How are hierarchical relationships between taste cultures possible in a fragmented, popular and accessible medium like television? This article explores this question by looking at relationships between taste cultures in Dutch television comedy. A survey of 340 Dutch people showed four humour tastes, two of which were related hierarchically: a lowbrow style disliked by educated informants, and a highbrow style mostly unknown to less-educated informants. Interview materials were used to understand the mechanisms behind this asymmetric pattern of knowledge and dislike. Whereas educated informants' readings of lowbrow humour were confidently rejecting, less-educated informants' readings of highbrow comedy are best described as 'despondent'. These findings fit Bourdieu's notion of legitimate taste rather than Hall's encoding/decoding model. The article argues that taste must be understood not only as a pattern of preferences, but also as cultural knowledge. This knowledge varies between groups, and is crucial in the perpetuation of taste hierarchies.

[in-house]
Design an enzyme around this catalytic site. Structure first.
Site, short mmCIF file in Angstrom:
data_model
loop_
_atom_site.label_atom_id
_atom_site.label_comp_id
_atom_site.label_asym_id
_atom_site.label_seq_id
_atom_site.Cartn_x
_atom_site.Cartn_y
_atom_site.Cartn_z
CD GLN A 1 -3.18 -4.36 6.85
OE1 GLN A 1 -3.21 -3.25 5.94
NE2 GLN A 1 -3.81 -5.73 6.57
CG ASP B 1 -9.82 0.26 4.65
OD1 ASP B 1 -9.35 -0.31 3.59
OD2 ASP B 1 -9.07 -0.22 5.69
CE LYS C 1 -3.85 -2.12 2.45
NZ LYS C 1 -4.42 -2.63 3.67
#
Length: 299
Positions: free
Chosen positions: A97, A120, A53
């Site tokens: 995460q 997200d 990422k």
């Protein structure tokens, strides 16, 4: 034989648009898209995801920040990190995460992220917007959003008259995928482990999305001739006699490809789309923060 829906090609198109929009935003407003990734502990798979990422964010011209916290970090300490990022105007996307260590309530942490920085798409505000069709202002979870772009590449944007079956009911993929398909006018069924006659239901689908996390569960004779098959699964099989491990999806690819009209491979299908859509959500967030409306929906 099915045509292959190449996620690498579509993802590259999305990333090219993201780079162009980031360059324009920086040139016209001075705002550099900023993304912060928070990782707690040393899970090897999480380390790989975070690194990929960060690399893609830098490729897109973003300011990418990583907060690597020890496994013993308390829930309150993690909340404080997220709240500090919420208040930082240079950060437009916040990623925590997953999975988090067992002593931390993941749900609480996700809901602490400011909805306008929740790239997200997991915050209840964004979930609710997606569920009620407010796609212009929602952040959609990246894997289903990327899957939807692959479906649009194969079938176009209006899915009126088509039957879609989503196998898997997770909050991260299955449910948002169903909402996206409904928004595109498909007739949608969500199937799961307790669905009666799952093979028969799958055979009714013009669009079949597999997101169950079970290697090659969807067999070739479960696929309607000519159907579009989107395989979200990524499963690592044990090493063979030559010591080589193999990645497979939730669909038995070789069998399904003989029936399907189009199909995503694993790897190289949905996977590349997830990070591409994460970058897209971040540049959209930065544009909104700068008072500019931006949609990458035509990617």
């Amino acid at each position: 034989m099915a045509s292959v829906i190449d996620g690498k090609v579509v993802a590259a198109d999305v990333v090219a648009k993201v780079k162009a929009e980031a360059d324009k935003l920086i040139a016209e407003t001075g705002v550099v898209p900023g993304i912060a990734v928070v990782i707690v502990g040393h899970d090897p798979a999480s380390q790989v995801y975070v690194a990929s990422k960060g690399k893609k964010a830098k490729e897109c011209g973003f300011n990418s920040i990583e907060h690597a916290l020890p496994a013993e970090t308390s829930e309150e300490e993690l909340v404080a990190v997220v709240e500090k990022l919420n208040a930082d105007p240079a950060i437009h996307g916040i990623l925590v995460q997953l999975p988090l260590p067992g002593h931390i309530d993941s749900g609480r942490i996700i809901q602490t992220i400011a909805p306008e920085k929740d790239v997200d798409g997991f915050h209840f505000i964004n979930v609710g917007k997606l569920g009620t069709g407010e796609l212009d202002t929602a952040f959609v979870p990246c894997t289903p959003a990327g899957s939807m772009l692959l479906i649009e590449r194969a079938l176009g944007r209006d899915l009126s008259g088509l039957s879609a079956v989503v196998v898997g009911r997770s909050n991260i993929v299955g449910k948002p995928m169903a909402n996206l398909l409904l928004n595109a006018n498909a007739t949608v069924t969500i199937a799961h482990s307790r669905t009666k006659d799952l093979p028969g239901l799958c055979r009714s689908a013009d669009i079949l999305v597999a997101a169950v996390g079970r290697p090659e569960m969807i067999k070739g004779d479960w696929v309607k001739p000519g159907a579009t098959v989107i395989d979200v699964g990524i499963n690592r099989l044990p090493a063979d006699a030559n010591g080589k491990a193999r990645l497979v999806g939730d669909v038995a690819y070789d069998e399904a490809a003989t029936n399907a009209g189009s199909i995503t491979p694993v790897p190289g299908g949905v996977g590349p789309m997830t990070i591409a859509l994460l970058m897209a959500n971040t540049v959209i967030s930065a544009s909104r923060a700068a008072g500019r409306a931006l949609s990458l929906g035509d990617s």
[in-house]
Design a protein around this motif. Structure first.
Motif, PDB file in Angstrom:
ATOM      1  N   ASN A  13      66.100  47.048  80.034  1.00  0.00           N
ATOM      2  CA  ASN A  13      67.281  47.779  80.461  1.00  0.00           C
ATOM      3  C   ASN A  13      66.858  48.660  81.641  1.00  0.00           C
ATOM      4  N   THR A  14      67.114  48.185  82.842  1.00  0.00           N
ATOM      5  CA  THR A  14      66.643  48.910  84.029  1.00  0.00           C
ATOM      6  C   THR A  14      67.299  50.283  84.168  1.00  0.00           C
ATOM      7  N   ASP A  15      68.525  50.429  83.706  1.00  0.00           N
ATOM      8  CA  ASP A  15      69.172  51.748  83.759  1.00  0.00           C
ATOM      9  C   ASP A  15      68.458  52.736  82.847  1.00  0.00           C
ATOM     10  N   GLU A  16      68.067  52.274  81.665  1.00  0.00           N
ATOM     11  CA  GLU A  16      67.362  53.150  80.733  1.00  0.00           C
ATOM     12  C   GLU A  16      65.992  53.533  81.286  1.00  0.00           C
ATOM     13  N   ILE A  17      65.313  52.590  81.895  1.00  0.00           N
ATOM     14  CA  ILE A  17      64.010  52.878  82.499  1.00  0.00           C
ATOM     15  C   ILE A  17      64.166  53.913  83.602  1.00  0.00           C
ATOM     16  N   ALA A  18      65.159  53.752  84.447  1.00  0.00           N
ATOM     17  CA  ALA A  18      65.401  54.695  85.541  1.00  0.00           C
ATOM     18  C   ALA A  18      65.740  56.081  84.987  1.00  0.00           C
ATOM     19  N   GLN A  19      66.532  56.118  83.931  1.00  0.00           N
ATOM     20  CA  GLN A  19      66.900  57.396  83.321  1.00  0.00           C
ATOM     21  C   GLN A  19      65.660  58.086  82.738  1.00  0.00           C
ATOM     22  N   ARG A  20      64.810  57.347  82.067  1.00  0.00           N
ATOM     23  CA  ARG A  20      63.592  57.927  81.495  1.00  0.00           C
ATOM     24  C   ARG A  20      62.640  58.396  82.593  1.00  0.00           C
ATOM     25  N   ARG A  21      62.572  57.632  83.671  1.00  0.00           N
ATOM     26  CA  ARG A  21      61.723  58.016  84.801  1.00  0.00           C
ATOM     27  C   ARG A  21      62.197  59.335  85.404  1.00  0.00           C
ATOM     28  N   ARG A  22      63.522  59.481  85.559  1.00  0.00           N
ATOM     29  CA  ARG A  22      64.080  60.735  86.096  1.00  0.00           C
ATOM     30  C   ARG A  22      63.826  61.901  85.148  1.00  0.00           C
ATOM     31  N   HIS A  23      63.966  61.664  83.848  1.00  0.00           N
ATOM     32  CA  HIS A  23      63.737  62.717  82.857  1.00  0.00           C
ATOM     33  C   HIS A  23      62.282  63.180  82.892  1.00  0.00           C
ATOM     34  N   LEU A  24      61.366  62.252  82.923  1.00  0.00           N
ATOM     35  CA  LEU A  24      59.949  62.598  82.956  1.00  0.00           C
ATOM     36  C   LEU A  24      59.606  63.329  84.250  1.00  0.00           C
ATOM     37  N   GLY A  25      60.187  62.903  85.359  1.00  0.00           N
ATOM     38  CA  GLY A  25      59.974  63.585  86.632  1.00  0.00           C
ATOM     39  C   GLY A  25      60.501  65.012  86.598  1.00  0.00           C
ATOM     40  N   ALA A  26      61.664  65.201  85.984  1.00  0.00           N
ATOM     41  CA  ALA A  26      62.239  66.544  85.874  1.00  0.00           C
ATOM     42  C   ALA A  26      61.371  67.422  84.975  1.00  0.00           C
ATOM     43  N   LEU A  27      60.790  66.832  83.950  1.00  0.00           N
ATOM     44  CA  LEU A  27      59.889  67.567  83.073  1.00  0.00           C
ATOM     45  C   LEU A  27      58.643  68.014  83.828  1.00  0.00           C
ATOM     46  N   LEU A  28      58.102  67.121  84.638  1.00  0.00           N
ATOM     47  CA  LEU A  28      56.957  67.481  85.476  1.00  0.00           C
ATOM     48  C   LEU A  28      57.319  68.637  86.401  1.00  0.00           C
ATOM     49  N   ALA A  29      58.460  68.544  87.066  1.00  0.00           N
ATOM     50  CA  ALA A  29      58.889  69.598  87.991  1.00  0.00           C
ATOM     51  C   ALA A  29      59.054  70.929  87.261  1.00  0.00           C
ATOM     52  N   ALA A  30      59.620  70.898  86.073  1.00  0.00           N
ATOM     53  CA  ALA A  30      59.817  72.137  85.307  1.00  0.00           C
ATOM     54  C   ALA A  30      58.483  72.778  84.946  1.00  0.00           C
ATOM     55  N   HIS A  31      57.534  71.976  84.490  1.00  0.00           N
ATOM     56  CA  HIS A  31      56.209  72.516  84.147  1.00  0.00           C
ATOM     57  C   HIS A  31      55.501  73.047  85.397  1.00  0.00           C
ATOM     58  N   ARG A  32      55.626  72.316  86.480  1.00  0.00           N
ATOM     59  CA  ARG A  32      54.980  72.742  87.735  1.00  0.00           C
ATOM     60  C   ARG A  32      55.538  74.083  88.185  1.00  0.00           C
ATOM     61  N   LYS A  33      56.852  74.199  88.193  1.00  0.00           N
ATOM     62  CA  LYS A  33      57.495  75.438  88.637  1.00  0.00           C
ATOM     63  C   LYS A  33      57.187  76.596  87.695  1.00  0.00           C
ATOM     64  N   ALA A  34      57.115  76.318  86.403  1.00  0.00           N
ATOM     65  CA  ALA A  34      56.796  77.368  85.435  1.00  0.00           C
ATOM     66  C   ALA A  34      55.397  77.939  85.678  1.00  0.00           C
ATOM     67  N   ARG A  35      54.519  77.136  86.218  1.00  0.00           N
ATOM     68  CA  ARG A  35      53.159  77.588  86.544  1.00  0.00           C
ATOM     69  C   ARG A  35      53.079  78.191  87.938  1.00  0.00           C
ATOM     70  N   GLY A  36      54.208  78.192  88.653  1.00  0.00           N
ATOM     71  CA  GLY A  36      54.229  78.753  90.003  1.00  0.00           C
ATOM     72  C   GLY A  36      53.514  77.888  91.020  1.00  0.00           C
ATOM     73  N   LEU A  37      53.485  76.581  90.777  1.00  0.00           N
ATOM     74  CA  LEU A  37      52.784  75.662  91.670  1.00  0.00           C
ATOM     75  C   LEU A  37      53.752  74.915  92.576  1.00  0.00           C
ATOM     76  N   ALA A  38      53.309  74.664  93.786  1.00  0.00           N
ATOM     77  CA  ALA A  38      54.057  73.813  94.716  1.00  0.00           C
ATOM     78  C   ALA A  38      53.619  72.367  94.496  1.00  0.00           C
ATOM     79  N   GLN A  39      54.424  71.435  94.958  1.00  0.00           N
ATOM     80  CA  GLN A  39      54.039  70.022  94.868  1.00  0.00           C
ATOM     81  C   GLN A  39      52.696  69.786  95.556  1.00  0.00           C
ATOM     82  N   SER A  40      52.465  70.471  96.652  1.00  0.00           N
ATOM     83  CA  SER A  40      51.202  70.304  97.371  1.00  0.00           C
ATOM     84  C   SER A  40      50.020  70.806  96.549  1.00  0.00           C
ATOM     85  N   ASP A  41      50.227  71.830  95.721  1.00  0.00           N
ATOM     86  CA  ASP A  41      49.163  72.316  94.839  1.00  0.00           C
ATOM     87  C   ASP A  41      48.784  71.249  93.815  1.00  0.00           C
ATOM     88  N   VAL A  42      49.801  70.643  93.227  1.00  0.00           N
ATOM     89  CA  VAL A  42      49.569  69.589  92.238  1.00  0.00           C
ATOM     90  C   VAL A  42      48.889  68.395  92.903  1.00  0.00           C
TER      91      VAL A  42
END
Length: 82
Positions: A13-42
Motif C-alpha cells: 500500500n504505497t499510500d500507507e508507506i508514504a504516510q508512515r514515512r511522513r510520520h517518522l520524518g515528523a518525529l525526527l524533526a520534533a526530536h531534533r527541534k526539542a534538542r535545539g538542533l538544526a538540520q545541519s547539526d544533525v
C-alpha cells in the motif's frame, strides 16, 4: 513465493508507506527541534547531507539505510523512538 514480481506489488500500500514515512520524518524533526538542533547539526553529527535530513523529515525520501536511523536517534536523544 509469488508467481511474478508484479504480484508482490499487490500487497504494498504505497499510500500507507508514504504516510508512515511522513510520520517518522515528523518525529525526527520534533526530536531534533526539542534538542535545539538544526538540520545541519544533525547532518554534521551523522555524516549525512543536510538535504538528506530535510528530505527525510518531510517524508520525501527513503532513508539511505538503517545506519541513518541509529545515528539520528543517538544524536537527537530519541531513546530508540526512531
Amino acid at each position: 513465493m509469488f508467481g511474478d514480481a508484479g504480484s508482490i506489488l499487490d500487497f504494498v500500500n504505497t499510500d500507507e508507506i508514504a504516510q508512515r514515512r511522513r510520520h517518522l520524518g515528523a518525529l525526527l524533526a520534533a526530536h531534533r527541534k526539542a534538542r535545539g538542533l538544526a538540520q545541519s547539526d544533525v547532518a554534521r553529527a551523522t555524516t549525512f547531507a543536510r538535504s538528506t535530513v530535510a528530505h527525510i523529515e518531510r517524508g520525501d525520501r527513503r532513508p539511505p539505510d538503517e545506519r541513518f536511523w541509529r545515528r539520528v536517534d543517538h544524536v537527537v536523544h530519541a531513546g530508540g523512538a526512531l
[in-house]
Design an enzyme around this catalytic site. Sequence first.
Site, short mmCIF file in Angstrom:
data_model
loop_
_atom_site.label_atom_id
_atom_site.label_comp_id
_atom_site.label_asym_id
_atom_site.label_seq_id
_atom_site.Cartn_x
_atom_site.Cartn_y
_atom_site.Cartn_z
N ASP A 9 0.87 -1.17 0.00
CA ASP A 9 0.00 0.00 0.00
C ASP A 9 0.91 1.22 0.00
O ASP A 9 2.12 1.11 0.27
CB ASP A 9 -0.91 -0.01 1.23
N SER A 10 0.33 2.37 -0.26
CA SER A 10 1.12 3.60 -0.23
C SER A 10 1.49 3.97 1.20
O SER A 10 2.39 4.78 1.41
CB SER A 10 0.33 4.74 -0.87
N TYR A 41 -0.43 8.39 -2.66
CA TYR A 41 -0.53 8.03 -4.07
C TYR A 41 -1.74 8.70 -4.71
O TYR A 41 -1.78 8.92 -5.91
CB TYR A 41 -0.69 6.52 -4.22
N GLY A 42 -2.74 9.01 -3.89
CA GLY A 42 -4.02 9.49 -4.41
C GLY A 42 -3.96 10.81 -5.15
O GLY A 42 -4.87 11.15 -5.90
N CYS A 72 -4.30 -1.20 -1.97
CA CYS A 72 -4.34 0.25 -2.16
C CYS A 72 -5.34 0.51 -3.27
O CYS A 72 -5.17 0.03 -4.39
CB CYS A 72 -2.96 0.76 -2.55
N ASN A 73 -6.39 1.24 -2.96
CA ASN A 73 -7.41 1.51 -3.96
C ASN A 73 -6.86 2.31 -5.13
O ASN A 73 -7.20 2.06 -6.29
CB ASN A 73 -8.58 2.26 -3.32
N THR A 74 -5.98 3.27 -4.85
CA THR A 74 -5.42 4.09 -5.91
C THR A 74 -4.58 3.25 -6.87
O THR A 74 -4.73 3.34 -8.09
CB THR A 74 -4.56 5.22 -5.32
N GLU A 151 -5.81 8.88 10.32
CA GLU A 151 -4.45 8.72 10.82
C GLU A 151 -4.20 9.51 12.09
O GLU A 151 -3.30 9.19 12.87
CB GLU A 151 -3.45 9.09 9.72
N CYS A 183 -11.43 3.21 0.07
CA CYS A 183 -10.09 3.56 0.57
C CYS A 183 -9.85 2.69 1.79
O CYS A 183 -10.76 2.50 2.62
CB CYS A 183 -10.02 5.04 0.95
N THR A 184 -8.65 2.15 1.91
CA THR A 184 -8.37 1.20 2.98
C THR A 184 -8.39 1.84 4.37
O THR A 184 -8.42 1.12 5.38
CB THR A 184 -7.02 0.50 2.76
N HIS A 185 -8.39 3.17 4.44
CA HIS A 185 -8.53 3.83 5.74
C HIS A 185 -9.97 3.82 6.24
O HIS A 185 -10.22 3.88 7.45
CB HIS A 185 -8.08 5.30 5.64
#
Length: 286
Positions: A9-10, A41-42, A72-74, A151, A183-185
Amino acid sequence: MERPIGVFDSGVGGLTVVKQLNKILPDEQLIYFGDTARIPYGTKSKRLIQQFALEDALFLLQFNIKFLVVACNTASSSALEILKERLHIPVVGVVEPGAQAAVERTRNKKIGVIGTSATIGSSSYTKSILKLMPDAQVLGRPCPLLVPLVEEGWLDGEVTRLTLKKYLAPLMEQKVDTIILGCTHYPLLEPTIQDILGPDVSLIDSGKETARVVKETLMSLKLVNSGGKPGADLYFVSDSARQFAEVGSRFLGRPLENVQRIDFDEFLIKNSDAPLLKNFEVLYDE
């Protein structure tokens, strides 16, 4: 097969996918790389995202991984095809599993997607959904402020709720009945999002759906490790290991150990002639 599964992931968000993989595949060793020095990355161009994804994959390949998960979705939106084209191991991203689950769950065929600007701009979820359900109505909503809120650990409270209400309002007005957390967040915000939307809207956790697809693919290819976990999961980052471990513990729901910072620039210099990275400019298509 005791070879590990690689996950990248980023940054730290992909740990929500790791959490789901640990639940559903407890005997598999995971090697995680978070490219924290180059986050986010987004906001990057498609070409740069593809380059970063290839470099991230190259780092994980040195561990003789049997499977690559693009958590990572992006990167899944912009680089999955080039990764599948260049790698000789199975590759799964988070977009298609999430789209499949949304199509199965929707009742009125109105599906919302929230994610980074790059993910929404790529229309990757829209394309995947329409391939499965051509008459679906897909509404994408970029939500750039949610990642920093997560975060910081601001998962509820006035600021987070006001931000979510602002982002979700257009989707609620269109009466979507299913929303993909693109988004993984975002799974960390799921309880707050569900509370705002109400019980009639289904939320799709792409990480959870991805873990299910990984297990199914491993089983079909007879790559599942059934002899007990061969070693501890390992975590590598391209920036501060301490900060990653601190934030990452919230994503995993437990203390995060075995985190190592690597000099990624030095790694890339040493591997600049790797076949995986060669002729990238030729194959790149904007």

Cultural knowledge, Encoding/decoding, Highbrow/lowbrow, Humour, Legitimate taste, Television audiences,
Media, Culture & Society
Arts & Culture Studies

Kuipers, G. (2006). Television and taste hierarchy: The case of Dutch television comedy. Media, Culture & Society, 28(3), 359–378. doi:10.1177/0163443706062884